Alternative Energy Primer and Investment Opportunity

Over 95% of the demand for coal over the next three decades will come from the electricity market. And China and India will be responsible for 70% of that new demand.
That's great news for the United States. And for China, Australia and Canada, where you'll find most of the world's untapped coal reserves. There's enough coal just in the known reserves to burn - at current rates - for another 300 years.
And all of it is miles away from the volatile Middle East.
In North America alone, we've got 254 billion tons of proven coal reserves - more than 25% of the world total (compare that to Saudi Arabia, with 24% of the world's oil).
So Chinese and U.S. companies are both making huge leaps with clean-coal technology. It's coal, but reprocessed in different ways to burn clean. With so much coal in the ground...every breakthrough in clean-coal technology could be worth billions to energy investors.
One of the ways to burn coal cleanly that's getting a lot of attention is called coal liquefaction, or liquid coal. The coal gets crushed into tiny particles, mixed with hydrogen and certain liquids and comes out as synthetic oil that burns much cleaner than regular coal.
In 2004 alone, U.S. nuclear power plants had a record 92.1% capacity of full use. Compare that to just 66% in 1990. Nuclear power provides more than 20% of America's electrical power.
Maybe you didn't know it, but the United States has 104 nuclear power plants operating at almost full capacity. Around the clock. That's more nuclear power generated than by any other country in the world!
Its use is up ninefold in the United States since 1973. And it's more commonly used for running a power turbine than natural gas, hydroelectric dams, oil, wind power or solar energy! In fact, nuclear power is already the second most common way to get electricity in the United States, more common than any other method except by burning coal!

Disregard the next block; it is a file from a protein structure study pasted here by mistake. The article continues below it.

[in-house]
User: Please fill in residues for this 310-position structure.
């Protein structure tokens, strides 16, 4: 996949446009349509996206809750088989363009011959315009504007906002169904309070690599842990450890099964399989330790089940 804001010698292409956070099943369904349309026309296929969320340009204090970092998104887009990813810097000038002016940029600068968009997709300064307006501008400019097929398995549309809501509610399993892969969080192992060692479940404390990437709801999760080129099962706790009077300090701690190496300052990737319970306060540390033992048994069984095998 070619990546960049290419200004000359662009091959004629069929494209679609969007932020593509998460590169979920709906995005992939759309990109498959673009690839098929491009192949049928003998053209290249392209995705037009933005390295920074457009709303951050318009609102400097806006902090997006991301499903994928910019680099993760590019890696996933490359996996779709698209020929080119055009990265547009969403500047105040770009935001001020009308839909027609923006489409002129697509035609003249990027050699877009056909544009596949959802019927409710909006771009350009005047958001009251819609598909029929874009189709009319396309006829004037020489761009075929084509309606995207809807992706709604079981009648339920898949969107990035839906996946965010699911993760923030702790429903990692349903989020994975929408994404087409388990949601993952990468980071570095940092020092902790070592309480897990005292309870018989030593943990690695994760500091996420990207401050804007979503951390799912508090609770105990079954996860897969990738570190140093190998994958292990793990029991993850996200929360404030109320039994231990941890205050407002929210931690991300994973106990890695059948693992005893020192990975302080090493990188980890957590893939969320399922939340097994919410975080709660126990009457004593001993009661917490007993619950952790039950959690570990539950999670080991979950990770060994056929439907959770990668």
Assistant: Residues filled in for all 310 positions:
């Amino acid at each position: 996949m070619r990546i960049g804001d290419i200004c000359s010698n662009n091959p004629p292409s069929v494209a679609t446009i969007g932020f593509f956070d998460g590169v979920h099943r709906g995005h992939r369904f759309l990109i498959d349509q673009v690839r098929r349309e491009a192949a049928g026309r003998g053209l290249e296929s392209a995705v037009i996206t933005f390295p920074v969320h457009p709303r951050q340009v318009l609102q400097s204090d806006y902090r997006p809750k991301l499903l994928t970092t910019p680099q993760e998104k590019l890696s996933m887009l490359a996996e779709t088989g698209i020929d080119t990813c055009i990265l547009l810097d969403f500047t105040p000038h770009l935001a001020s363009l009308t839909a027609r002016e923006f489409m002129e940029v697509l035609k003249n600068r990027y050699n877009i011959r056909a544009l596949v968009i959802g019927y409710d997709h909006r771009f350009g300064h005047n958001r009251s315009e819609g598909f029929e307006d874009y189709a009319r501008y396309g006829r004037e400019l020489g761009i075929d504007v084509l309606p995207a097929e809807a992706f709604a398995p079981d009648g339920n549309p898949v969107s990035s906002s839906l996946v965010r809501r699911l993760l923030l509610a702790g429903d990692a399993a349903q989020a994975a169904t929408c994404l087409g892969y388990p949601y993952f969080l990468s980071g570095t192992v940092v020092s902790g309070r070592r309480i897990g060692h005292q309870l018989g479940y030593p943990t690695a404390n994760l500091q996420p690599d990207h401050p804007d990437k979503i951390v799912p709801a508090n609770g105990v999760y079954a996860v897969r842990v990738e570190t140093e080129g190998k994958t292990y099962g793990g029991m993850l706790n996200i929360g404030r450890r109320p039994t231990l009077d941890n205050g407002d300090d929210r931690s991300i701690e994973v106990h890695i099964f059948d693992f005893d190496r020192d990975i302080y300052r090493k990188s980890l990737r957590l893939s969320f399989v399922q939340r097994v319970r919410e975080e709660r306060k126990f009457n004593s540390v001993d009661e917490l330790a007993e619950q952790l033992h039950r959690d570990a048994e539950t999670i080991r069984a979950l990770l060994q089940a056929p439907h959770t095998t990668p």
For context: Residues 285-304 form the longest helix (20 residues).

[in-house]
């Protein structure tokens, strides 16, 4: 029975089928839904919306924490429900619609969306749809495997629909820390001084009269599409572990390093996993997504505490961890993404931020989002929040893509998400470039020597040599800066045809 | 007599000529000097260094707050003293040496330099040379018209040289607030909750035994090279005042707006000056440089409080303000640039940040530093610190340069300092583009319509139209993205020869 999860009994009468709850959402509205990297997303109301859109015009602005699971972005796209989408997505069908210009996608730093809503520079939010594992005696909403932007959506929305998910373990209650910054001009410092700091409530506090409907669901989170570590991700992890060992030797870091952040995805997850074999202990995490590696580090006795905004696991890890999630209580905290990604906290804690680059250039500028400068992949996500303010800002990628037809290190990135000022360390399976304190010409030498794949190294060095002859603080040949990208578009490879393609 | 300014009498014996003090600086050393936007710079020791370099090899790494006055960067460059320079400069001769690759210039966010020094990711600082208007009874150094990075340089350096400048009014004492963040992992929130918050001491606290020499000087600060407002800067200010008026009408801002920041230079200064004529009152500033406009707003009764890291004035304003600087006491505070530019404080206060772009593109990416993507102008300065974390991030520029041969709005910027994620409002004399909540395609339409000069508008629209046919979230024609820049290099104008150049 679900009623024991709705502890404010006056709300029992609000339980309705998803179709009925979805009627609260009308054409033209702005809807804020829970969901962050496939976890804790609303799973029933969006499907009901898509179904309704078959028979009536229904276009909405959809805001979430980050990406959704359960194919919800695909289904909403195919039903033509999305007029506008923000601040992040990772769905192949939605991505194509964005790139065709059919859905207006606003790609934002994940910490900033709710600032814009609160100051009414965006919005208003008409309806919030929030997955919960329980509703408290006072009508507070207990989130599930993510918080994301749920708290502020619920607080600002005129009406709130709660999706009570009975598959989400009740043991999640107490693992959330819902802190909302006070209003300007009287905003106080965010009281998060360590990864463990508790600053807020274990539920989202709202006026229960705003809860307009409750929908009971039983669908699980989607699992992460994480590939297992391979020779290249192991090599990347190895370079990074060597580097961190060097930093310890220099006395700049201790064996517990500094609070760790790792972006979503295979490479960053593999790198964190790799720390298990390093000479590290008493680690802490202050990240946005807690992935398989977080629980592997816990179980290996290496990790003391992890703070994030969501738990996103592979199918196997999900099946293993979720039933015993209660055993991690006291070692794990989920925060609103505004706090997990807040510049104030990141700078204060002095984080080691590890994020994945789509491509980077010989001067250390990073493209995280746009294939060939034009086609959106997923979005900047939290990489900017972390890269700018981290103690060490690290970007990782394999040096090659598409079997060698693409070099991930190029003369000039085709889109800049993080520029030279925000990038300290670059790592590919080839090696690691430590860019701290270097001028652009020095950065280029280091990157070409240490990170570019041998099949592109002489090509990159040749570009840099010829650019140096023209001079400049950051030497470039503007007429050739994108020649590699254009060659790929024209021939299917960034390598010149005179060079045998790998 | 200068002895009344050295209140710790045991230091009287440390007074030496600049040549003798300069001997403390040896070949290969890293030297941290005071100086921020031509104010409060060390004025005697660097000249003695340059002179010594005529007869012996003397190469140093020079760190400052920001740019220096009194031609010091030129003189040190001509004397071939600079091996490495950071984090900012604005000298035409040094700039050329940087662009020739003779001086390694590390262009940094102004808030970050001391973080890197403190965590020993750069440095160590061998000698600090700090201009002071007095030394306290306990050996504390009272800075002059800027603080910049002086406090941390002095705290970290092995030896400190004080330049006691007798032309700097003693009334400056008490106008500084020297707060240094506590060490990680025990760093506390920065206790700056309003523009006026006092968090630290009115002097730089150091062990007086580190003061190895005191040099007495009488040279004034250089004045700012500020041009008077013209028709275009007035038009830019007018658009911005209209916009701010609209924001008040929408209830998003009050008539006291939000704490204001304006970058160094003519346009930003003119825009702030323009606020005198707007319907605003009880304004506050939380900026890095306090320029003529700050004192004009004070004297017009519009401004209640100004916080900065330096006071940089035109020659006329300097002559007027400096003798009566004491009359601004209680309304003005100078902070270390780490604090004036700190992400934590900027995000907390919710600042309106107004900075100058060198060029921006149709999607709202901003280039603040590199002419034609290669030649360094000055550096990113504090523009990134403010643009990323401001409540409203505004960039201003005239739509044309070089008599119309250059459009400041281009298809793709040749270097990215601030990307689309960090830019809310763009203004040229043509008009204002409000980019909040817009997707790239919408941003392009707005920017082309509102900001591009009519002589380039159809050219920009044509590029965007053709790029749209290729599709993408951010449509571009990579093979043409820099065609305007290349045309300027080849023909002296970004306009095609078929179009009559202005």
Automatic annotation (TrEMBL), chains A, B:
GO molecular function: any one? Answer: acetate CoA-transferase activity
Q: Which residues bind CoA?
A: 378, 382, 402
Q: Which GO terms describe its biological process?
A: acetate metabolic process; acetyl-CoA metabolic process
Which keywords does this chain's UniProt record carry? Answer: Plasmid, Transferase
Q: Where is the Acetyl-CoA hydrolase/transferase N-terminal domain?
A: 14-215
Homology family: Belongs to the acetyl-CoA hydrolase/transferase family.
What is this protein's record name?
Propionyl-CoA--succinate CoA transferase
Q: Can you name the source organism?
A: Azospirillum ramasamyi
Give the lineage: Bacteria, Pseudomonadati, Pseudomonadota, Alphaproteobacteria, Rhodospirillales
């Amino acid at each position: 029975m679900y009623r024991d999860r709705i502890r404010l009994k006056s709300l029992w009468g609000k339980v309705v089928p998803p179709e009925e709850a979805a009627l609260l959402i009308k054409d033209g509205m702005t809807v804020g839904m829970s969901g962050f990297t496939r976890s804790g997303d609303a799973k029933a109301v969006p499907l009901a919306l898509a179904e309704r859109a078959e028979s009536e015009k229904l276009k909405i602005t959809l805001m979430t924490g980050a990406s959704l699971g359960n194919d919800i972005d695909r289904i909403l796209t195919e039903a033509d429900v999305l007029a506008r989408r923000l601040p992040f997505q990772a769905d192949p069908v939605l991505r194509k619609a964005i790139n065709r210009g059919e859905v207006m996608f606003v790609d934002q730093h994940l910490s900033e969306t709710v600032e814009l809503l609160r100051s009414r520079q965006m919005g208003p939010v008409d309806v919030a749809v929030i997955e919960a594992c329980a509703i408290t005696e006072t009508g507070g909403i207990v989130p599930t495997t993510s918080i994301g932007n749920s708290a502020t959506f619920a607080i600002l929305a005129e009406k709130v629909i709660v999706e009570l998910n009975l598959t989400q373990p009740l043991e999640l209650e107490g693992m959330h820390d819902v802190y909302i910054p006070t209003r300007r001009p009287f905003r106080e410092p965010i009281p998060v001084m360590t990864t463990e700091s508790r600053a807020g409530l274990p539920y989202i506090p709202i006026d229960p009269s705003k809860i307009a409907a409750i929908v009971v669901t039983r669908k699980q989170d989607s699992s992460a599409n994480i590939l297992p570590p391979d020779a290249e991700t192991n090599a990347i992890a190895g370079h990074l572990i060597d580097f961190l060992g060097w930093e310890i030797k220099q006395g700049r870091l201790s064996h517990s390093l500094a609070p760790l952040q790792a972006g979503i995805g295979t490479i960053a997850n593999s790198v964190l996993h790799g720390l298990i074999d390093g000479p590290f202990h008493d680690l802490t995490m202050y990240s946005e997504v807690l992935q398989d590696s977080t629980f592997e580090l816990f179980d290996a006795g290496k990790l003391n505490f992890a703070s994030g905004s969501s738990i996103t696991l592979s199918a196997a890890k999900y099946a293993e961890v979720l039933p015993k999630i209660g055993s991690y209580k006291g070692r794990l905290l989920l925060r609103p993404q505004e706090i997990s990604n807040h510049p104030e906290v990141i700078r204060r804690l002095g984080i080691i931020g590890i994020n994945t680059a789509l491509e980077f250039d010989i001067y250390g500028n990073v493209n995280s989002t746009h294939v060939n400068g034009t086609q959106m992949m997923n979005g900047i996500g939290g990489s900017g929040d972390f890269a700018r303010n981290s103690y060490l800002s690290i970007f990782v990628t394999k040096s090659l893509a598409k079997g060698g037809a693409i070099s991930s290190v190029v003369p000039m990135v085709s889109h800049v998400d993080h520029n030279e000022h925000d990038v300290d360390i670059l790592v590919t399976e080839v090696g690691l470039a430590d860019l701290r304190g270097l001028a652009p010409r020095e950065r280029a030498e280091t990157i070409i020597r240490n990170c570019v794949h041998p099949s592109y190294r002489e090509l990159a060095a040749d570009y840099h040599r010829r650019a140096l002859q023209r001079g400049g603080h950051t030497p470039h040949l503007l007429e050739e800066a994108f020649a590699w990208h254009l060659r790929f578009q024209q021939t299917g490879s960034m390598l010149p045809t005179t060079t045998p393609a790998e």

Our electricity demand is so huge that the 104 plants still feed only 20% of our power demands. France is more famously dependent. It gets over 77% of its electrical juice from nuclear power. But France and the United States aren't alone. Over the last four decades, nuclear power has been the fastest-growing major source of electricity in the world.
Not too long ago, it looked like we'd reached the end of the nuclear age. Suddenly, it's starting all over again. But nuclear power today is nothing like it was back in the days of Chernobyl or Three Mile Island. Energy needs are nothing like they were then, either. Power-hungry countries like China, India and the United States are ready to up the ante.
Between China and India alone, the world could see at least 500 new nuclear reactors. Even in the United States, we're talking about increasing our nuclear output by 50% over the next 20 years.
From 1996-2001, most uranium companies actually got out of the business. Some mines were closed. Others were never started. You can imagine what happened as demand for uranium started back up.
By 2001, uranium was selling for $7.50 per pound But now, uranium skyrocketed to over $20 a pound! Remember, in 1983, uranium cost $40 a pound. That's more like $79 a pound today, after inflation. Uranium would have to shoot up another 295% to get to its real historical high.
Here's something else...
Nuclear power is many times more efficient than other kinds of energy. You can measure different kinds of fuel costs by measuring how much heat the fuel puts out, measured in British thermal units. One million Btu of coal costs about $1.25. One million Btu of natural gas, about $3.50. And 1 million Btu of oil costs about $5.70. Even if a pound of uranium cost $400, it would cost about 1.1 cents per 1 million Btu.
That's with current technology.
But there's a new kind of nuclear power plant technology just around the corner that's up to 100 times more efficient...is much safer...and could make even $1,000-a-pound uranium cost just 0.03 cents per kilowatt hour.
That's like getting a gallon of gasoline for half a cent.
Thorium is radioactive, like uranium and plutonium. It's what creates a lot of the heat in the Earth's core. Here's what's interesting: There are six times more thorium reserves in the world than there are uranium reserves...with more untapped energy than all the world's oil, coal, natural gas and uranium combined! Thorium has a high melting point, perfect for use in reactors. It's also safer. And all of today's reactors could run on thorium. Plus, you can use it combined with uranium. Not only to stretch out the world's uranium supply...
But also because the thorium-uranium mix burns more efficiently...and creates even less plutonium waste. And that leftover plutonium is the kind that won't work in bombs.